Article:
July 31, 2012
Sichuan Pepper-Glazed Halibut Cheeks
Wine Varietal: Dry Riesling
Halibut cheeks are considered a delicacy by West Coast gourmets because of their crab-like taste and consistency. This easy, yet exotic recipe uses Asian spices, including five-spice and Sichuan peppercorns, to subtly enhance the natural flavor and texture of this rare and expensive cut of fish. Serve with steamed brown rice and sautéed baby bok choy.
1 tablespoon unsalted butter
1/4 cup pure maple syrup
2 tablespoons sodium-reduced soy sauce (or 1 tablespoon regular soy sauce plus 1 tablespoon water)
1/4 teaspoon five-spice powder
2 tablespoons Sichuan peppercorns, toasted and finely ground in a spice mill or electric coffee grinder (See Cook’s Hint, below)
1 1/2 pounds halibut cheeks, rinsed, drained, and patted dry
1. Preheat the broiler. Lightly oil a baking sheet or spray with nonstick cooking spray.
2. In a small saucepan melt the butter over medium heat. Add the maple syrup, soy sauce, and five-spice and stir well. Bring to a boil and stir occasionally until the glaze thickens. Remove from the heat.
3. Place the fish fillets on the prepared baking sheet and brush lightly with the glaze. Place the fish under the broiler 3 to 4 inches from the heat source. Broil for 2 minutes, then remove from oven and brush lightly with the glaze. Broil 2 minutes more, then brush lightly with the glaze. Broil 2 to 3 minutes more, depending on the thickness of the cheeks, which should just turn opaque.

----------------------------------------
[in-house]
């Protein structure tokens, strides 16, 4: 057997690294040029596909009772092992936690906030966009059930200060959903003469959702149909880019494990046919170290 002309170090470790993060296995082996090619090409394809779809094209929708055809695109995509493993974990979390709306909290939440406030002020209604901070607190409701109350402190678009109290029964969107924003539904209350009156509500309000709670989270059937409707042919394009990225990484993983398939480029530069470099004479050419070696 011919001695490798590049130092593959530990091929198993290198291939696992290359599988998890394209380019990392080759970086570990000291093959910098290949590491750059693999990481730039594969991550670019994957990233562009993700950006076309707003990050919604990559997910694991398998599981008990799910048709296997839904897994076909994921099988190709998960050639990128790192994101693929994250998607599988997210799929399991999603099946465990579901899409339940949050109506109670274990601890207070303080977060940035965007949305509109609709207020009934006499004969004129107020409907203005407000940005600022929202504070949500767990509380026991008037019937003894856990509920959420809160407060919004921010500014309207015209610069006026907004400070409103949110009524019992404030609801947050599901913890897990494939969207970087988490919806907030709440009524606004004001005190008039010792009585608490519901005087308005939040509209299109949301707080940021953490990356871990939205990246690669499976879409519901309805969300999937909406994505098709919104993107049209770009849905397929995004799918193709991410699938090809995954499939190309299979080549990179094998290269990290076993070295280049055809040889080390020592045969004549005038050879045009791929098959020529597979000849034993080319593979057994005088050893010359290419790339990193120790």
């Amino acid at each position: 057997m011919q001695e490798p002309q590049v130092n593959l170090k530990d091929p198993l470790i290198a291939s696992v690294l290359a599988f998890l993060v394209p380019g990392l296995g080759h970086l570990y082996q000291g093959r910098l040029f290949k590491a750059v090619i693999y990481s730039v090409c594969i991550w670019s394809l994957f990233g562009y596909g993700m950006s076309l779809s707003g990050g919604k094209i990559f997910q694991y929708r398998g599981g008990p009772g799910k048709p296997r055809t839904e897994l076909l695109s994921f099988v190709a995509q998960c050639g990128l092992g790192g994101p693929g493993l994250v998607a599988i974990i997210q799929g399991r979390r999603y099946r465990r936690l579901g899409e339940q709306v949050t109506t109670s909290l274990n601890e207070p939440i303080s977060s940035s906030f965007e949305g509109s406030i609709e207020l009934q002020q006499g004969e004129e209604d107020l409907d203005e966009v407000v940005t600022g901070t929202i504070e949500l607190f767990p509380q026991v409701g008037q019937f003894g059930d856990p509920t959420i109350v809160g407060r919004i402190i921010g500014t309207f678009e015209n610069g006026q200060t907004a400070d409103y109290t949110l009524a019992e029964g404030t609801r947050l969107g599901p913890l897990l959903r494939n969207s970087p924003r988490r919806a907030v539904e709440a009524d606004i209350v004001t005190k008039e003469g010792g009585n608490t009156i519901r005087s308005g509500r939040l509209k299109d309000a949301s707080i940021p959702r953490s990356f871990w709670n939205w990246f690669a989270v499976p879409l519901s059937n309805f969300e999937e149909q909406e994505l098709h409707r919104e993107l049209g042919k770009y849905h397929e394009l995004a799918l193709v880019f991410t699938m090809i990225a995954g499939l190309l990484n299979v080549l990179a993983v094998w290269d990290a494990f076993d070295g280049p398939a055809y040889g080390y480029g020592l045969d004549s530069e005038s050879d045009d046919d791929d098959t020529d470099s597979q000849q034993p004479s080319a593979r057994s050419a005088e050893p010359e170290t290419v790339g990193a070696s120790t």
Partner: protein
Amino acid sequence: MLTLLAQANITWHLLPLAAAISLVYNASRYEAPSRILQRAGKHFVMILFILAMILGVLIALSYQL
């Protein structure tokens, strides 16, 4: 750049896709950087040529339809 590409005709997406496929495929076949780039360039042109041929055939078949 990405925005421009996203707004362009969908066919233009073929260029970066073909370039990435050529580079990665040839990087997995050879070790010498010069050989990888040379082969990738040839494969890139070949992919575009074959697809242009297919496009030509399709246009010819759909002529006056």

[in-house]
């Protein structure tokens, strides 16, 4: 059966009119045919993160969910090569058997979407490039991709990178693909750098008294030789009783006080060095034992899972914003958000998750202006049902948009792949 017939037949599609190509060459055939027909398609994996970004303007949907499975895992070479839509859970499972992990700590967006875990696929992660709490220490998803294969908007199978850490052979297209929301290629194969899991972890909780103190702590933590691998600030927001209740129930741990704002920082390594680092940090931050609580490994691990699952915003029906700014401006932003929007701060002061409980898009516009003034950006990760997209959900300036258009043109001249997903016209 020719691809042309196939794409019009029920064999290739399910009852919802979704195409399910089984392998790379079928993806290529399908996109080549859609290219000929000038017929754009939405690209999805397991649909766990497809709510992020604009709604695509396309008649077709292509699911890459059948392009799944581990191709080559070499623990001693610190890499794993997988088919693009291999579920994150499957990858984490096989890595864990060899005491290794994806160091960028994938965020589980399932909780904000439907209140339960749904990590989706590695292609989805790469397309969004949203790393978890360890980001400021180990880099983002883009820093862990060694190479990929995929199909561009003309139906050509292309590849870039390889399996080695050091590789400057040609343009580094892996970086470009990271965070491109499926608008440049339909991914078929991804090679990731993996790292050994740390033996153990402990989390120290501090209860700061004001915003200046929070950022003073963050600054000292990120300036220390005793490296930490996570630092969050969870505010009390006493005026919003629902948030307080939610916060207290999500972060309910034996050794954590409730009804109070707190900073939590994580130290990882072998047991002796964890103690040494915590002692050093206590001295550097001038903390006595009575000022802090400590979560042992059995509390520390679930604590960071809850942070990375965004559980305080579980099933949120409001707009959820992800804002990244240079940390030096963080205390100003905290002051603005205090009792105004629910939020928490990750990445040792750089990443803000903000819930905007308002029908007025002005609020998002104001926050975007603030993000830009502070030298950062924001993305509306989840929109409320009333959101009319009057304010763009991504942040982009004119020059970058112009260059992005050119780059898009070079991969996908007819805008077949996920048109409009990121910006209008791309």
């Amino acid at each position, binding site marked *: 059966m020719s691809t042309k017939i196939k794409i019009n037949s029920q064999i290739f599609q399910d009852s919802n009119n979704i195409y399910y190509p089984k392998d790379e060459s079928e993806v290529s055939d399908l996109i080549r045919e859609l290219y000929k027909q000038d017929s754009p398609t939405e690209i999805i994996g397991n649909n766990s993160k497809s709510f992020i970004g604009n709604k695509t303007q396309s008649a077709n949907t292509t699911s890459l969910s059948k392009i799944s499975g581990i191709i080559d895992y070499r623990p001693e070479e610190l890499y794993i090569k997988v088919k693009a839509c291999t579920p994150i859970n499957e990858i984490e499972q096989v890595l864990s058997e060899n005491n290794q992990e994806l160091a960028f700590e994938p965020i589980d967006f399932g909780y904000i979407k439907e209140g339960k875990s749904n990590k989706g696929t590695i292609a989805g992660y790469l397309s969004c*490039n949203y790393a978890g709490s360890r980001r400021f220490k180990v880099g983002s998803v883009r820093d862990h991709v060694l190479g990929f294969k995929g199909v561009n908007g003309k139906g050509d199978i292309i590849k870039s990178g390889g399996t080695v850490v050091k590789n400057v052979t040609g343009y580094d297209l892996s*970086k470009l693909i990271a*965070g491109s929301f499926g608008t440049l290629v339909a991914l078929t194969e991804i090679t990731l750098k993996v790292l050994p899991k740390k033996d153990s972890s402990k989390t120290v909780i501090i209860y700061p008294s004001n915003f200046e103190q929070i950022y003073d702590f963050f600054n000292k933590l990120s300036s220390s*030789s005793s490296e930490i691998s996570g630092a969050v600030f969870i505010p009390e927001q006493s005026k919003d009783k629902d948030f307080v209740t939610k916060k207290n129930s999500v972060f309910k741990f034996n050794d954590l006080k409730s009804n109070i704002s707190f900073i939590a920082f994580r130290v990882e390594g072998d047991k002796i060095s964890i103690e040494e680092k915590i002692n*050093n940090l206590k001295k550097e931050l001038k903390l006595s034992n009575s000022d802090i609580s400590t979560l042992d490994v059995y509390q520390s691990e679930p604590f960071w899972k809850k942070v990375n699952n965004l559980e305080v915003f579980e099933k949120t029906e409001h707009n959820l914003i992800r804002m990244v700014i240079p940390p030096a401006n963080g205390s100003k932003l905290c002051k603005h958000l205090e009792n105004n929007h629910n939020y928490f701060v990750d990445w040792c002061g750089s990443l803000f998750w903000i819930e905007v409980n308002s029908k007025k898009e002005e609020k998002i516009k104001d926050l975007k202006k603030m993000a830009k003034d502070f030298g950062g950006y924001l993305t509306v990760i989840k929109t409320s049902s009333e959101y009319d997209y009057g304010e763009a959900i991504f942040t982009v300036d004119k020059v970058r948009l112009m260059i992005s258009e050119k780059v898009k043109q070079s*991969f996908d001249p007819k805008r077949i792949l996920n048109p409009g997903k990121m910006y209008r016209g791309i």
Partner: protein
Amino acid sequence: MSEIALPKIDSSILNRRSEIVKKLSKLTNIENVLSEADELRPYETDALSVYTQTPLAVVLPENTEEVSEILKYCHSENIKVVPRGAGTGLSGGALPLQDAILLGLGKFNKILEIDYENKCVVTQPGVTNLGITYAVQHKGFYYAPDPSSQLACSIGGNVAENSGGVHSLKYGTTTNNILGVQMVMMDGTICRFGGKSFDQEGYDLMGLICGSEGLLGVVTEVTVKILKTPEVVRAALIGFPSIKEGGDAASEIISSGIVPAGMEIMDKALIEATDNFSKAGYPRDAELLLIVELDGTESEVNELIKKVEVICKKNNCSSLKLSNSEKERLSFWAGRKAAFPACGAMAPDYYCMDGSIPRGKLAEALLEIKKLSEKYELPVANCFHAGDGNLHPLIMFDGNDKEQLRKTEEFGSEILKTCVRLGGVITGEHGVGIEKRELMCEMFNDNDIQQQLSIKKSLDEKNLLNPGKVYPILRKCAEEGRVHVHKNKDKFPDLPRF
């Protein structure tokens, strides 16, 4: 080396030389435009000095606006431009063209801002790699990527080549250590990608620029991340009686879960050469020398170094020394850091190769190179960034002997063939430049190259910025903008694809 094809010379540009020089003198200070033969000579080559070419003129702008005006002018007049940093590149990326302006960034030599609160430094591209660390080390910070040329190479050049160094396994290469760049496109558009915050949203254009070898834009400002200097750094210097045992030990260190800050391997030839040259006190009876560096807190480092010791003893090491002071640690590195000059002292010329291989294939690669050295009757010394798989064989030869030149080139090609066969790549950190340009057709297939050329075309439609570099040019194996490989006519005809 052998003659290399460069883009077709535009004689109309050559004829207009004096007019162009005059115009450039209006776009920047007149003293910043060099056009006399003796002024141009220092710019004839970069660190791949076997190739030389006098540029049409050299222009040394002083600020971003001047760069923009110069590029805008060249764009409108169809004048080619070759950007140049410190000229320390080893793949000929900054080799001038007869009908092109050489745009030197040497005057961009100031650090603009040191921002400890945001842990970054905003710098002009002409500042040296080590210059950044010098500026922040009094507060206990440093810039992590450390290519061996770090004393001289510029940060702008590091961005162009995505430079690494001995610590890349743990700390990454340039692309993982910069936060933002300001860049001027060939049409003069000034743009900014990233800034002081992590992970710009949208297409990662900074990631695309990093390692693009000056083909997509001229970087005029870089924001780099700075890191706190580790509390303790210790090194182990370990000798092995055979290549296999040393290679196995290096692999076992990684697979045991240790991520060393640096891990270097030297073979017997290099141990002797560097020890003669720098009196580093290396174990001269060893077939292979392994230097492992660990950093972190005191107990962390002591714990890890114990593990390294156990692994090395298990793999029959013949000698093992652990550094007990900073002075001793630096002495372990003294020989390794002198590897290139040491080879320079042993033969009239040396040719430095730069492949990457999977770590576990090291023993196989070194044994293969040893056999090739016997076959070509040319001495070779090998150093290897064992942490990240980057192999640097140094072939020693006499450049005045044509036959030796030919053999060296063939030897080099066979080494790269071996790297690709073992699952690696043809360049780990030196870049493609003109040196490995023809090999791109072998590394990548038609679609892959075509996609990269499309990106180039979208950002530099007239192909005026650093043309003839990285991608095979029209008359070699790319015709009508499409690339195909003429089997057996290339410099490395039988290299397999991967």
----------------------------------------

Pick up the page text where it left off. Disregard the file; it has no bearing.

4. Remove the fish from the broiler and sprinkle heavily with the ground Sichuan peppercorns. Divide the cheeks among 4 dinner plates.
Cook’s Hint: World Spice Merchants, just below the main part of the Pike Place Market along Western Avenue, is an amazing resource for chefs and home cooks alike. According to the company’s website, “Sichuan Pepper is not an actual pepper, but the dried berry from the Chinese prickly ash bush. Also known as Fagara this spice has a tingly flavor that zaps the tongue like an electrical current. Use like pepper for a tasty change of pace. Excellent with duck and chicken and in five-spice blends. Make sure to try it the next time you cook salmon, too.” The berries are sold by the ounce, which is equal to about half a cup and costs just $2.00, a very worthwhile addition to any adventurous cook’s spice rack.